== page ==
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It’s safe to assume that a few of us have watched The Great British Bakeoff and thought to ourselves, “I could bake that.” But what we see on TV isn’t always as easy as some of the contestants might make it seem. Apparently, even getting onto the show is a grueling process as it is competing for the title of the best baker.

Some former contestants spoke with INSIDER and gave some insight into what goes into applying to get onto the show.

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Ali Imdad from season four, Rav Bansal of season seven, and season nine’s Antony Amourdoux, all shared their application experiences with INSIDER. According to these former alumni of the show, the application starts off simple enough, with an online questionnaire asking potential bakers all about their level of experience with baking.

Imdad explained that some of these questions include ones about your abilities to make bread, if you have any signature baking dishes, as well as what your areas of baking improvement would be. In addition to answering all the questions on the questionnaire, the applicants much include photos.

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If a baker is chosen to move past the questionnaire portion of the process, they will move onto a phone interview where they are grilled about their baking skills. Amourdoux explained that some of these interview questions can get quite technical, such as knowing the difference between a sponge and a Genoise sponge or being able to tell at what temperatures certain desserts need to be baked at.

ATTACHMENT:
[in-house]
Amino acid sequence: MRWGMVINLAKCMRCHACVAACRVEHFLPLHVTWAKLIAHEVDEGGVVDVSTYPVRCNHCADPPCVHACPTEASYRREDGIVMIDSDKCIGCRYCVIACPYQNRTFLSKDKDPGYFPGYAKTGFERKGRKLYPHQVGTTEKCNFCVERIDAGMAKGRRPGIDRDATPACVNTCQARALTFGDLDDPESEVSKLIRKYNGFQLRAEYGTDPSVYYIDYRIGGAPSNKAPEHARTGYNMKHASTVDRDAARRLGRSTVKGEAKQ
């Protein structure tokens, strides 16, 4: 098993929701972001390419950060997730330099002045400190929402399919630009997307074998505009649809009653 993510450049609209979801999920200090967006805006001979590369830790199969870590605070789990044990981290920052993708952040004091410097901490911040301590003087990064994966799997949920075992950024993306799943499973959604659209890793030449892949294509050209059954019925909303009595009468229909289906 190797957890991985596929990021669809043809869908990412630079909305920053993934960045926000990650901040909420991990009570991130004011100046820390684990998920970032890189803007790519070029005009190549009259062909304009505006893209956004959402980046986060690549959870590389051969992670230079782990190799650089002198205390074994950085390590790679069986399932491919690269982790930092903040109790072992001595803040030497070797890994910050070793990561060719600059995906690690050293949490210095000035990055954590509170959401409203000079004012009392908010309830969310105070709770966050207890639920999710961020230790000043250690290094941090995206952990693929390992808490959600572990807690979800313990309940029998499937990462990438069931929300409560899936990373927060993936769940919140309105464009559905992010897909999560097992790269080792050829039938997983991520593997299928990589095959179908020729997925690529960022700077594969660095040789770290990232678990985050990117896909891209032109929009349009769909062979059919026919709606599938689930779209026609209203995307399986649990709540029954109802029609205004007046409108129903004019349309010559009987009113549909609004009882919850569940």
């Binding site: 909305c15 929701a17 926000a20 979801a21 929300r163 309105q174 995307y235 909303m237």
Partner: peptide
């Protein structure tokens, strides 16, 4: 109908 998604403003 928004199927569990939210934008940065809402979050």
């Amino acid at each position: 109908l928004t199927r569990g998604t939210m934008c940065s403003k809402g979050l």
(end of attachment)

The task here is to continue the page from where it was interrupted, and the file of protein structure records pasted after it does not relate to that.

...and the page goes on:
If an applicant makes it past the phone interview stage then they are brought in to bake for the show’s staff. This all happens off-camera, of course. This baking exercise includes both savory and sweet baking items. Imdad shared that they are judged by a food technician, and if they pass, they move onto the more complicated bakes like breads and scones.

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Should an applicant pass this off-camera baking portion, then they are able to complete a screen test that is similar to the perimeters of the show. During this session, they will be filmed baking something similar to what would be a potential challenge on the show. In addition to being filmed, they are also asked a series of questions while they bake. This is to ensure that they are both camera-ready and comfortable enough to take on the stress of the competition.

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But the application process doesn’t end there. Those who survive the screen-test portion – which is roughly 30 to 40 finalists – will then proceed to the last step. This is where they meet with a psychologist in order to determine if they are indeed ready for the show. Then, the applicant pool is drained down to the normal 12 or 13 contestants that make it to the completion under the tent.

Seems like getting onto the competition is a win in and of itself! What do you think? Have you ever wanted to apply to The Great British Bakeoff? Let us know!